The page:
Photo: Bill Shaw 1958
ASP LAUNCH CREW FROM C/739 Bristol, RI
The Launcher Section crew was flown from their operational site by a C-47 (Gooney Bird) to El Paso where they boarded a bus for the 165-mile trip north to Red Canyon. They would arrive at RCRC on Sunday, attend a briefing about the hazards and regulations of the camp, draw bedding, DDT and other necessities from the Quartermaster and settle into their tents or Butler Building barracks. The Launcher Section crew arrived one week before the IFC crews, enjoying Red Canyon for two weeks.
Launcher crews were responsible for removing their three missiles from shipping canisters and the boosters from crates. They would mate the missiles and boosters on a launch rail, install three warheads in each missile, then transport them by trailer to the Fueling Section. There each missile’s fuel tank was loaded with JP-4 fuel and the oxidizer tank filled with Inhibited Red Fuming Nitric Acid (IRFNA). During the fueling process the men wore rubber safety suits called Moon Suits.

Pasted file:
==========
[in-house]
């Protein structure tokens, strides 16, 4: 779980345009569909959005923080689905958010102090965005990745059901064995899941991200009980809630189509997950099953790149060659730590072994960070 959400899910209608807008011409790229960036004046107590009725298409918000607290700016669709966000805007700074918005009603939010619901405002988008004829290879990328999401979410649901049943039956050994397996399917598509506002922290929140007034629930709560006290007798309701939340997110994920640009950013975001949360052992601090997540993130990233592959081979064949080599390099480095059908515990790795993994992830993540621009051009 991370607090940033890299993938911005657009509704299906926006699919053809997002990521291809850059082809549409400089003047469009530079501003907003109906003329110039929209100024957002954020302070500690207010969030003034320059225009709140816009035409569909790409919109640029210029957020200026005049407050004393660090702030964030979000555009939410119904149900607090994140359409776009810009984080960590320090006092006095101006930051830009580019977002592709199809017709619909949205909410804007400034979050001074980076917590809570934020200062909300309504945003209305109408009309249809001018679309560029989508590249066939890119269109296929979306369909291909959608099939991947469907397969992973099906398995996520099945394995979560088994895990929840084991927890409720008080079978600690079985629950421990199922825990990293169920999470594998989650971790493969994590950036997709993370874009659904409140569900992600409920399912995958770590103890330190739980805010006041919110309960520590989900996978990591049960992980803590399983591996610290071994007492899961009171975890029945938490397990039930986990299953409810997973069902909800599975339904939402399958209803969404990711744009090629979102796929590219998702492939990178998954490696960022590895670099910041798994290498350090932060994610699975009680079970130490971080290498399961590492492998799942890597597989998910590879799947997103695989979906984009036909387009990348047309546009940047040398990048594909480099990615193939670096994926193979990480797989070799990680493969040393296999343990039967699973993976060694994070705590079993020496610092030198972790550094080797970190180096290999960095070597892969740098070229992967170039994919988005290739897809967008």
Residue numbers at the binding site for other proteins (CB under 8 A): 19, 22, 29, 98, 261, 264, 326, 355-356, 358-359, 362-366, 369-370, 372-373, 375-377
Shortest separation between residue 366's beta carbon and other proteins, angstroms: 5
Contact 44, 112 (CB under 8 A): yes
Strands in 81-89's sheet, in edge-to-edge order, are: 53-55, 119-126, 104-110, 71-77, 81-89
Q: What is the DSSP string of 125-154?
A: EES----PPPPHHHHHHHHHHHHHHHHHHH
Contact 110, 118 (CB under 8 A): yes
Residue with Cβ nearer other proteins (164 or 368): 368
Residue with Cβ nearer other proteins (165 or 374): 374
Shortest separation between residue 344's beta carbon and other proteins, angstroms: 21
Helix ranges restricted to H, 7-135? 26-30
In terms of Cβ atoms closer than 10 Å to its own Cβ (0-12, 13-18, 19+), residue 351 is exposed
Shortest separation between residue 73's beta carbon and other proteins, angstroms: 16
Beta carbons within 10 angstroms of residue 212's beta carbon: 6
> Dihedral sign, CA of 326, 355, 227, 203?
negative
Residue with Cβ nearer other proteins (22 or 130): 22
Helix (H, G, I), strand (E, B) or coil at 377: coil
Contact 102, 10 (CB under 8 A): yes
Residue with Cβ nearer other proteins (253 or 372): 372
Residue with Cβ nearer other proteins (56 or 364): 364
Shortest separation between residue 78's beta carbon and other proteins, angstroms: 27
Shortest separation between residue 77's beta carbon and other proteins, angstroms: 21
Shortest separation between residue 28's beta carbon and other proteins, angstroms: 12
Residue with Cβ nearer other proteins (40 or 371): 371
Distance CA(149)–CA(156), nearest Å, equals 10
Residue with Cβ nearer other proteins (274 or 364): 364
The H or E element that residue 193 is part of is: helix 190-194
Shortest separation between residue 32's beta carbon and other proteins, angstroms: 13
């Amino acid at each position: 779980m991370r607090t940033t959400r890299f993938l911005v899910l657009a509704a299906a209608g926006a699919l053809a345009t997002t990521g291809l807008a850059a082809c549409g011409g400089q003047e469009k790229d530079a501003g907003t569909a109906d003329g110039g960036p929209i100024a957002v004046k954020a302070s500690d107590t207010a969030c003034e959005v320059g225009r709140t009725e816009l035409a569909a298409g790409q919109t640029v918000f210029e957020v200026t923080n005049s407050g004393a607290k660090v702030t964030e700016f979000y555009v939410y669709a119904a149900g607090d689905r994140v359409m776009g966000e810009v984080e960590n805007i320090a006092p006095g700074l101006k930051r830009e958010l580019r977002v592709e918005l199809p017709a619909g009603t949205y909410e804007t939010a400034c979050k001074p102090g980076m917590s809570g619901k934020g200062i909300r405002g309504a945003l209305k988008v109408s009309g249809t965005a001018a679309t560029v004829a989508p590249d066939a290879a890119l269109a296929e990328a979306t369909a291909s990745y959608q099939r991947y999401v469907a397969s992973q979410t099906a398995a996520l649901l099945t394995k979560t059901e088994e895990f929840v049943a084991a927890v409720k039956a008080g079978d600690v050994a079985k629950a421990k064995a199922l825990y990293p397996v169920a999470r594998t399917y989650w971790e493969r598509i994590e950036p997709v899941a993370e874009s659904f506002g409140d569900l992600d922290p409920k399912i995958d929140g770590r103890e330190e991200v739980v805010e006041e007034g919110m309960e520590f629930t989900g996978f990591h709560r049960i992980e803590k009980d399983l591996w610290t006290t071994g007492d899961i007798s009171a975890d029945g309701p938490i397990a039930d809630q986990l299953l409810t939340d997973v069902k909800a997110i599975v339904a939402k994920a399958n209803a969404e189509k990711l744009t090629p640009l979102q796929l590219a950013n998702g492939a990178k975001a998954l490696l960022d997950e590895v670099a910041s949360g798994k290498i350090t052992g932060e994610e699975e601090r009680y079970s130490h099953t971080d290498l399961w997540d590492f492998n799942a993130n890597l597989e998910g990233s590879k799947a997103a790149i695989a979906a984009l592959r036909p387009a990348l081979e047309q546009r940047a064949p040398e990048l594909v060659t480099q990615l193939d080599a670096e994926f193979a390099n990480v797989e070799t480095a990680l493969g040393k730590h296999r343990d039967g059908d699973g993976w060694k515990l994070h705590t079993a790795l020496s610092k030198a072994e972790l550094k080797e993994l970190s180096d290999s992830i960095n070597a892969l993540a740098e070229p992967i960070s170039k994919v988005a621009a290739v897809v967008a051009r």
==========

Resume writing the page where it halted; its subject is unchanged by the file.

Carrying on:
From the Fueling Section the missiles were transported to a holding area and stored until Monday of the second week. Then the Launcher crews would transport them to their firing site, transfer the three missiles to the launchers, and finish the preparatory and testing work. If all went as scheduled, two of the missiles would be launched Wednesday afternoon and the third would be launched that night. On Friday, the Battery would leave by bus for Ft. Bliss, tired but elated at killing three RCATS. It was a time for celebration.
Pictured is one of the bunkers you saw being built in the first down range photo. There are two Nike Ajax missiles visible on the launch rail.